Proposed design and construction guidelines for labour-intensively built rubble masonry concrete structures with particular reference to arch bridges

Rankine, Roderick Graeme Duncan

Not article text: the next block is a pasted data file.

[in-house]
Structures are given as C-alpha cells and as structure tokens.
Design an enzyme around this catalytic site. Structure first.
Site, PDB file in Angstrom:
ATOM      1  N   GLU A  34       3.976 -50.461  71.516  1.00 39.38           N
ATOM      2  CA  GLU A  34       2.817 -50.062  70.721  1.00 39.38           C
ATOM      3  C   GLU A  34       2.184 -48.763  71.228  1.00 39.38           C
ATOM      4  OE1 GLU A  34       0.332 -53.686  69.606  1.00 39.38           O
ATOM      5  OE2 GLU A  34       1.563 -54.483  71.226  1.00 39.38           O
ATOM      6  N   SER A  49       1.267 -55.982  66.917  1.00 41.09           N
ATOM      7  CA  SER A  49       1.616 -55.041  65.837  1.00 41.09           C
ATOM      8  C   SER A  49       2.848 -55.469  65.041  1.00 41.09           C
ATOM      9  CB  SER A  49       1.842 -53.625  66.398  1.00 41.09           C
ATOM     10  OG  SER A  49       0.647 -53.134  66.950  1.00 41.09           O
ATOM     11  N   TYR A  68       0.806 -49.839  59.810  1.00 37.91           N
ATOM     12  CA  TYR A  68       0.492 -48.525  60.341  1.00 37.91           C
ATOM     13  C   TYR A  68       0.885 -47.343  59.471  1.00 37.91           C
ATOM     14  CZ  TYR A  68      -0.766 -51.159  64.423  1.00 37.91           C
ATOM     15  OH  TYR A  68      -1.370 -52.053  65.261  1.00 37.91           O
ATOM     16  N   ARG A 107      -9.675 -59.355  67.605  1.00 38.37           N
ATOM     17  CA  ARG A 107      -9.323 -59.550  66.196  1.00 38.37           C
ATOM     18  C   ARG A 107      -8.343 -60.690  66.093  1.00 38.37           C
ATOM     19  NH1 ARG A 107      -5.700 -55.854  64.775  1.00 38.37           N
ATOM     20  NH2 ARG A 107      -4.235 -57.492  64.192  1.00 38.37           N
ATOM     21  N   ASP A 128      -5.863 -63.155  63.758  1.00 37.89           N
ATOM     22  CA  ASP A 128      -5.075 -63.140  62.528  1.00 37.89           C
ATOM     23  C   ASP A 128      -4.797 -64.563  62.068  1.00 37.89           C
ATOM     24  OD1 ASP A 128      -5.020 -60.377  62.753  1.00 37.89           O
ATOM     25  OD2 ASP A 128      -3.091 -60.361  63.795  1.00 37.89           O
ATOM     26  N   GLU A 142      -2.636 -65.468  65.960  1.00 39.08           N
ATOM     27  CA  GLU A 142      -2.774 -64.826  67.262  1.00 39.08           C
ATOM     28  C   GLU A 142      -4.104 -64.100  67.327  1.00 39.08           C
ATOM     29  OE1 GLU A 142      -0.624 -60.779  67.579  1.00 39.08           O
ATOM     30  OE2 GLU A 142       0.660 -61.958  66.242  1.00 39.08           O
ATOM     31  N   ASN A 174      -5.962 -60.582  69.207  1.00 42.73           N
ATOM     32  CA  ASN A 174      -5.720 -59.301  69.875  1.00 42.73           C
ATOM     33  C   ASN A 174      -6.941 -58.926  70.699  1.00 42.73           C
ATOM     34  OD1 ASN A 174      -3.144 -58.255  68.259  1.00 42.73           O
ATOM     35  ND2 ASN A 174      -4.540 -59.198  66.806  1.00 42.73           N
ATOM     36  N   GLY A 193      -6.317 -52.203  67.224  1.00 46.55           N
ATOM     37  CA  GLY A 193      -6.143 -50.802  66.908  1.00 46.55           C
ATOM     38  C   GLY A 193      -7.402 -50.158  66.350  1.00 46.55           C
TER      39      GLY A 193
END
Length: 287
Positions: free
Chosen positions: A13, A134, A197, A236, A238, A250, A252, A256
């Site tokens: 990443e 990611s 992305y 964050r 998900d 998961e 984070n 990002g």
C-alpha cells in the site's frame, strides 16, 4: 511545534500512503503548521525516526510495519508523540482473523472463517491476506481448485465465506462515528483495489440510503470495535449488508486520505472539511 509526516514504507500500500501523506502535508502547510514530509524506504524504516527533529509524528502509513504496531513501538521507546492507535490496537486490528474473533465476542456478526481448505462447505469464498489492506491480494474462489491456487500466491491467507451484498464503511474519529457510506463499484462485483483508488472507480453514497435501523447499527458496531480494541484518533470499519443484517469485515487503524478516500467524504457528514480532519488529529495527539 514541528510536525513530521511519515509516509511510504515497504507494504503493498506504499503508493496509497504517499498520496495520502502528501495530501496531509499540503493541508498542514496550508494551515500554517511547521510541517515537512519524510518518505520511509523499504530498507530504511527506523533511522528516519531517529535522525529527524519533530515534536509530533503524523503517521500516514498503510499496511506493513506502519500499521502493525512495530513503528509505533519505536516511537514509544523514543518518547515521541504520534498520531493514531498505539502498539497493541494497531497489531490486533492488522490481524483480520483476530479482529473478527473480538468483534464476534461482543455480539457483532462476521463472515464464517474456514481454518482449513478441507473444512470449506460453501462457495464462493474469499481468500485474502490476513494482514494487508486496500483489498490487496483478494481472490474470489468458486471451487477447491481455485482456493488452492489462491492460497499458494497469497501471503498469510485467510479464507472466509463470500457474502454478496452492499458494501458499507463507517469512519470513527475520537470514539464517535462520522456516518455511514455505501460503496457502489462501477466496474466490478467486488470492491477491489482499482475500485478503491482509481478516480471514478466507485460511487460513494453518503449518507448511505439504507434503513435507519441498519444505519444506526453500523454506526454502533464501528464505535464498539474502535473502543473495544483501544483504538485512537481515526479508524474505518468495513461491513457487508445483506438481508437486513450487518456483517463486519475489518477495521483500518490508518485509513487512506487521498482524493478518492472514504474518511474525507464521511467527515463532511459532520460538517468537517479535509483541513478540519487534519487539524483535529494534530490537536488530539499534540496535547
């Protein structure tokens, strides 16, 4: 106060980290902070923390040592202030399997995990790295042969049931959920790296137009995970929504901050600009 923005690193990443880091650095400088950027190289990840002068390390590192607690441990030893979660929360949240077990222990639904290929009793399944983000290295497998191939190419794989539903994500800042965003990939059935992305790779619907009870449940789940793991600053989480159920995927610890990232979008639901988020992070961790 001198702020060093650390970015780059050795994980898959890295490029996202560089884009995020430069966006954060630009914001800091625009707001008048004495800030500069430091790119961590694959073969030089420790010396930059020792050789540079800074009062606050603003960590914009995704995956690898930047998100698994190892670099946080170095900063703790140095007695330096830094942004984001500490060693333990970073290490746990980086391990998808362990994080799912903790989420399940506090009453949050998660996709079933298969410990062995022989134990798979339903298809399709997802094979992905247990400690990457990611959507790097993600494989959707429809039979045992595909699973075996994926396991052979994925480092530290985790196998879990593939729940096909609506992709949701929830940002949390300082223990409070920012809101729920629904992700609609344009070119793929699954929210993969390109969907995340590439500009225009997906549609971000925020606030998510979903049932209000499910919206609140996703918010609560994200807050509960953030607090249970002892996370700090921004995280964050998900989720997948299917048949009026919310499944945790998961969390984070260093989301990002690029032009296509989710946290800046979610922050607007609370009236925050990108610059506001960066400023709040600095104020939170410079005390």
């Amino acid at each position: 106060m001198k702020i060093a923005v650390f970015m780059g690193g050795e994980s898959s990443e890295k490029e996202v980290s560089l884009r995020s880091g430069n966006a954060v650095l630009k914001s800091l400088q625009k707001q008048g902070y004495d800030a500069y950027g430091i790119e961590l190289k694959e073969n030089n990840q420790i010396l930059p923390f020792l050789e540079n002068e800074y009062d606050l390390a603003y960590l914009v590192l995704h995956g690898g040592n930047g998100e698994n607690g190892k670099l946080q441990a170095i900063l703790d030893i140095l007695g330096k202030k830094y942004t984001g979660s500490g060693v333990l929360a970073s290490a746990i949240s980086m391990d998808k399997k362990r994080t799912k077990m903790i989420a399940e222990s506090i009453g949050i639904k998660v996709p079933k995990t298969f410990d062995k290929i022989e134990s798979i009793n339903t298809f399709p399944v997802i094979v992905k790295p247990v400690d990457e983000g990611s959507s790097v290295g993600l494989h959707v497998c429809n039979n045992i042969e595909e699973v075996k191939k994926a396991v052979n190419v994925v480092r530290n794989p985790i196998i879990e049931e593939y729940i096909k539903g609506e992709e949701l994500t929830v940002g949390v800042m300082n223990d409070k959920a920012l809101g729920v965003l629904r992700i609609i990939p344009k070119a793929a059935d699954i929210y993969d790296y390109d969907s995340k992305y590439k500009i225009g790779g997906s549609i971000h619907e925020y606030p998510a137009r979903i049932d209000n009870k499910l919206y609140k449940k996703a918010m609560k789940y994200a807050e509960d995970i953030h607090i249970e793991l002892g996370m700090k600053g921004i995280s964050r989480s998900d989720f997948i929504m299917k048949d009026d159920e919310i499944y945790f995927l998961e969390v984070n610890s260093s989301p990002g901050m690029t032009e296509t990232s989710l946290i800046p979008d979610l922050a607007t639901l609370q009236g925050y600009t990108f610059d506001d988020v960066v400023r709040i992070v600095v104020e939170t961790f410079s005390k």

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Rubble Masonry Concrete (RMC), a particulate composite o f large uncut boulders, manually embedded into a mortar matrix, was used in Roman times for constructing robust physical infrastructure, some of which survives. A renaissance of RMC usage has resulted in recognition of its potential to provide competent infrastructure and create employment for the unskilled without costing a premium. Despite numerous successes, the potential of RMC may be threatened by an absence of knowledge of its mechanical properties and a lack of appreciation of the requirements for humans to labour effectively. This thesis explores the mechanical properties and behaviour of RMC as well as physiological factors which govern the physical work capacity of the targeted labour-force before proposing guidelines towards the rational design and manual assembly of RMC structures. In addition to factors known to govern the properties of conventional concrete, potential anisotropy (a consequence of an inherently predominant orientation of elongated inclusions),relative inclusion size and inclusion contiguity appear to characterise RMC. It is hypothesized that as a result of this contiguity, RMC may exhibit a reduced thermal contraction coefficient below its placement temperature; a contributing factor to its resistance to post-hydration cracking. Ultimate failure and deformation of RMC under uniaxial compressive load appear to be governed by mechanisms which evolve between boulder inclusions, often accompanied by rock fracturing as a result o f high inter-particle bearing stresses. Fostering of interfacial bond appears to delay the onset of these mechanisms. Physiological investigation found the cost of human energy high when quantified in terms of the equivalent energy contained in diesel fuel and bread. However, when human-labour is effectively utilised, its versatility, energy efficiency and freedom from fixed ownership costs,enhance its competitiveness, particularly where rival machinery is sub-optimally utilised.Means to improve human-labour effectiveness are discussed. Based upon these findings and experience elsewhere, RMC material specifications and design and construction guidelines for RMC arch bridges of determinable reliability are proposed.They include a proposal that a high partial material factor be applied to RMC and indicate ways to exploit RMC’s anisotropic properties to advantage in highly stressed apphcations.